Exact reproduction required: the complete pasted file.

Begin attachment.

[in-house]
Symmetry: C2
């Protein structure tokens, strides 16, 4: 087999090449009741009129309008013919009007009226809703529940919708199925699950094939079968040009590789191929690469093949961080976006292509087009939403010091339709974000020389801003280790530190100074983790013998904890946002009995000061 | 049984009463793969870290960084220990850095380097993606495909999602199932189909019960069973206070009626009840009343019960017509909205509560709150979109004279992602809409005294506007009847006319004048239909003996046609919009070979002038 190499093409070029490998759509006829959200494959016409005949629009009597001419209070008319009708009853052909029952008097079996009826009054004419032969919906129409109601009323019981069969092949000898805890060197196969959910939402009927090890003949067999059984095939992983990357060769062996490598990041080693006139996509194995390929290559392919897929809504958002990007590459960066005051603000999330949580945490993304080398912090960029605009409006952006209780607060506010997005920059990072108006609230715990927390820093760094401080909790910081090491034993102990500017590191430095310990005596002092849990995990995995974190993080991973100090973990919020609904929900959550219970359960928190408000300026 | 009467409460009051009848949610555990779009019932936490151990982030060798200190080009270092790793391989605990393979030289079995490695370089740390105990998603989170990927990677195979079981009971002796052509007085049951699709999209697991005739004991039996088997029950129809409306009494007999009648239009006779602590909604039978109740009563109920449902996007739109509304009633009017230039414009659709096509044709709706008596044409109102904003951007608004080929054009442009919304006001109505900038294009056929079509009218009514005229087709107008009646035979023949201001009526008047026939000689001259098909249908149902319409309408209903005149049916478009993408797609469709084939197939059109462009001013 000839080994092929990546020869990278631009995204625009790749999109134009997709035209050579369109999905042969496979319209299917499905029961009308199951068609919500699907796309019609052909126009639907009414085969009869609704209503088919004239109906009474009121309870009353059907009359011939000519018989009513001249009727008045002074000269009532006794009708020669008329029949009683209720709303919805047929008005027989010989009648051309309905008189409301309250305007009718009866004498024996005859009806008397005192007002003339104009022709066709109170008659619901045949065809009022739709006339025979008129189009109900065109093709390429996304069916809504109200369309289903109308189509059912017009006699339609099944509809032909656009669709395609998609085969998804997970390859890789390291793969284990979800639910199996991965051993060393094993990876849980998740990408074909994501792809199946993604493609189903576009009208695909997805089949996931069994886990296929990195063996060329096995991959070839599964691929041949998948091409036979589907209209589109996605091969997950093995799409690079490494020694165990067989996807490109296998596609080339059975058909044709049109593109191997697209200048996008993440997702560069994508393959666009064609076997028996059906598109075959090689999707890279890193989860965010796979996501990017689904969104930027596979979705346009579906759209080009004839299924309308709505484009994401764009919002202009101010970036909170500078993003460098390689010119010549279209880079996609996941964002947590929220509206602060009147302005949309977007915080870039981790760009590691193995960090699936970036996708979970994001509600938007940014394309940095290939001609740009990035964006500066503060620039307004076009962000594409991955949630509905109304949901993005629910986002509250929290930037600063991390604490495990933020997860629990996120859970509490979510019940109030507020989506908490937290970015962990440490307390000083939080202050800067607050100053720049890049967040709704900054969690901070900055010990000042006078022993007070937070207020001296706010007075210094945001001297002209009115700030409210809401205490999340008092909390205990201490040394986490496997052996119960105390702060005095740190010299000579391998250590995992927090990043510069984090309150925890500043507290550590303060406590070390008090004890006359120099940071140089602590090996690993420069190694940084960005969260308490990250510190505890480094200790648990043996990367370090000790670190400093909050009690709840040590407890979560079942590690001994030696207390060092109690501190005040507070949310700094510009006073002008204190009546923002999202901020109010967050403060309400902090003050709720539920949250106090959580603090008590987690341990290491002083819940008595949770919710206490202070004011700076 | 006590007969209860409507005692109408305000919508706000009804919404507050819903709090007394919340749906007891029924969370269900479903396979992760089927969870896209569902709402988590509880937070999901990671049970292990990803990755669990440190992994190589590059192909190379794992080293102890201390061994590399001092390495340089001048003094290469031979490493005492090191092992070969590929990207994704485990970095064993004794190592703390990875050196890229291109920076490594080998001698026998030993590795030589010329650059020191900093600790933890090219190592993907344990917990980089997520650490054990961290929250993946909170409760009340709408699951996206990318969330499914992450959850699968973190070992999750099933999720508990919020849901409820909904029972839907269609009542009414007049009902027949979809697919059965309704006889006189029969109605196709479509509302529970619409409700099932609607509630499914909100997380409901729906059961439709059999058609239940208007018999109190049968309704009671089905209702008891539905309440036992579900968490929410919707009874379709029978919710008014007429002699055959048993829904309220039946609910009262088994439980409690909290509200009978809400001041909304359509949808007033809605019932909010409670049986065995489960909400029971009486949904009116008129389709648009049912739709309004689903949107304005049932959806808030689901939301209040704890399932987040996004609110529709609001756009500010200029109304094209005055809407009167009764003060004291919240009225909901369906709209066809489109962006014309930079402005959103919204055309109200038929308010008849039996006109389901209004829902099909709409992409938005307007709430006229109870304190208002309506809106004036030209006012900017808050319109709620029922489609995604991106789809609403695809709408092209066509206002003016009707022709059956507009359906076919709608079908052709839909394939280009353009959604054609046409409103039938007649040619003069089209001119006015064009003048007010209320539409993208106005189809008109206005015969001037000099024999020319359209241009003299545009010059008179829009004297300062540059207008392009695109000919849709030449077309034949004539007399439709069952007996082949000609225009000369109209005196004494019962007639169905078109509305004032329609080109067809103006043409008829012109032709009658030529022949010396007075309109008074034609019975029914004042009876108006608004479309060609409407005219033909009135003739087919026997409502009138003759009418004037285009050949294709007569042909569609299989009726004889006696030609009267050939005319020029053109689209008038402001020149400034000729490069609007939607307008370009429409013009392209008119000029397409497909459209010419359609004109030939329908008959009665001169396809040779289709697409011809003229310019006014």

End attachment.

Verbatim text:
[in-house]
Symmetry: C2
């Protein structure tokens, strides 16, 4: 087999090449009741009129309008013919009007009226809703529940919708199925699950094939079968040009590789191929690469093949961080976006292509087009939403010091339709974000020389801003280790530190100074983790013998904890946002009995000061 | 049984009463793969870290960084220990850095380097993606495909999602199932189909019960069973206070009626009840009343019960017509909205509560709150979109004279992602809409005294506007009847006319004048239909003996046609919009070979002038 190499093409070029490998759509006829959200494959016409005949629009009597001419209070008319009708009853052909029952008097079996009826009054004419032969919906129409109601009323019981069969092949000898805890060197196969959910939402009927090890003949067999059984095939992983990357060769062996490598990041080693006139996509194995390929290559392919897929809504958002990007590459960066005051603000999330949580945490993304080398912090960029605009409006952006209780607060506010997005920059990072108006609230715990927390820093760094401080909790910081090491034993102990500017590191430095310990005596002092849990995990995995974190993080991973100090973990919020609904929900959550219970359960928190408000300026 | 009467409460009051009848949610555990779009019932936490151990982030060798200190080009270092790793391989605990393979030289079995490695370089740390105990998603989170990927990677195979079981009971002796052509007085049951699709999209697991005739004991039996088997029950129809409306009494007999009648239009006779602590909604039978109740009563109920449902996007739109509304009633009017230039414009659709096509044709709706008596044409109102904003951007608004080929054009442009919304006001109505900038294009056929079509009218009514005229087709107008009646035979023949201001009526008047026939000689001259098909249908149902319409309408209903005149049916478009993408797609469709084939197939059109462009001013 000839080994092929990546020869990278631009995204625009790749999109134009997709035209050579369109999905042969496979319209299917499905029961009308199951068609919500699907796309019609052909126009639907009414085969009869609704209503088919004239109906009474009121309870009353059907009359011939000519018989009513001249009727008045002074000269009532006794009708020669008329029949009683209720709303919805047929008005027989010989009648051309309905008189409301309250305007009718009866004498024996005859009806008397005192007002003339104009022709066709109170008659619901045949065809009022739709006339025979008129189009109900065109093709390429996304069916809504109200369309289903109308189509059912017009006699339609099944509809032909656009669709395609998609085969998804997970390859890789390291793969284990979800639910199996991965051993060393094993990876849980998740990408074909994501792809199946993604493609189903576009009208695909997805089949996931069994886990296929990195063996060329096995991959070839599964691929041949998948091409036979589907209209589109996605091969997950093995799409690079490494020694165990067989996807490109296998596609080339059975058909044709049109593109191997697209200048996008993440997702560069994508393959666009064609076997028996059906598109075959090689999707890279890193989860965010796979996501990017689904969104930027596979979705346009579906759209080009004839299924309308709505484009994401764009919002202009101010970036909170500078993003460098390689010119010549279209880079996609996941964002947590929220509206602060009147302005949309977007915080870039981790760009590691193995960090699936970036996708979970994001509600938007940014394309940095290939001609740009990035964006500066503060620039307004076009962000594409991955949630509905109304949901993005629910986002509250929290930037600063991390604490495990933020997860629990996120859970509490979510019940109030507020989506908490937290970015962990440490307390000083939080202050800067607050100053720049890049967040709704900054969690901070900055010990000042006078022993007070937070207020001296706010007075210094945001001297002209009115700030409210809401205490999340008092909390205990201490040394986490496997052996119960105390702060005095740190010299000579391998250590995992927090990043510069984090309150925890500043507290550590303060406590070390008090004890006359120099940071140089602590090996690993420069190694940084960005969260308490990250510190505890480094200790648990043996990367370090000790670190400093909050009690709840040590407890979560079942590690001994030696207390060092109690501190005040507070949310700094510009006073002008204190009546923002999202901020109010967050403060309400902090003050709720539920949250106090959580603090008590987690341990290491002083819940008595949770919710206490202070004011700076 | 006590007969209860409507005692109408305000919508706000009804919404507050819903709090007394919340749906007891029924969370269900479903396979992760089927969870896209569902709402988590509880937070999901990671049970292990990803990755669990440190992994190589590059192909190379794992080293102890201390061994590399001092390495340089001048003094290469031979490493005492090191092992070969590929990207994704485990970095064993004794190592703390990875050196890229291109920076490594080998001698026998030993590795030589010329650059020191900093600790933890090219190592993907344990917990980089997520650490054990961290929250993946909170409760009340709408699951996206990318969330499914992450959850699968973190070992999750099933999720508990919020849901409820909904029972839907269609009542009414007049009902027949979809697919059965309704006889006189029969109605196709479509509302529970619409409700099932609607509630499914909100997380409901729906059961439709059999058609239940208007018999109190049968309704009671089905209702008891539905309440036992579900968490929410919707009874379709029978919710008014007429002699055959048993829904309220039946609910009262088994439980409690909290509200009978809400001041909304359509949808007033809605019932909010409670049986065995489960909400029971009486949904009116008129389709648009049912739709309004689903949107304005049932959806808030689901939301209040704890399932987040996004609110529709609001756009500010200029109304094209005055809407009167009764003060004291919240009225909901369906709209066809489109962006014309930079402005959103919204055309109200038929308010008849039996006109389901209004829902099909709409992409938005307007709430006229109870304190208002309506809106004036030209006012900017808050319109709620029922489609995604991106789809609403695809709408092209066509206002003016009707022709059956507009359906076919709608079908052709839909394939280009353009959604054609046409409103039938007649040619003069089209001119006015064009003048007010209320539409993208106005189809008109206005015969001037000099024999020319359209241009003299545009010059008179829009004297300062540059207008392009695109000919849709030449077309034949004539007399439709069952007996082949000609225009000369109209005196004494019962007639169905078109509305004032329609080109067809103006043409008829012109032709009658030529022949010396007075309109008074034609019975029914004042009876108006608004479309060609409407005219033909009135003739087919026997409502009138003759009418004037285009050949294709007569042909569609299989009726004889006696030609009267050939005319020029053109689209008038402001020149400034000729490069609007939607307008370009429409013009392209008119000029397409497909459209010419359609004109030939329908008959009665001169396809040779289709697409011809003229310019006014």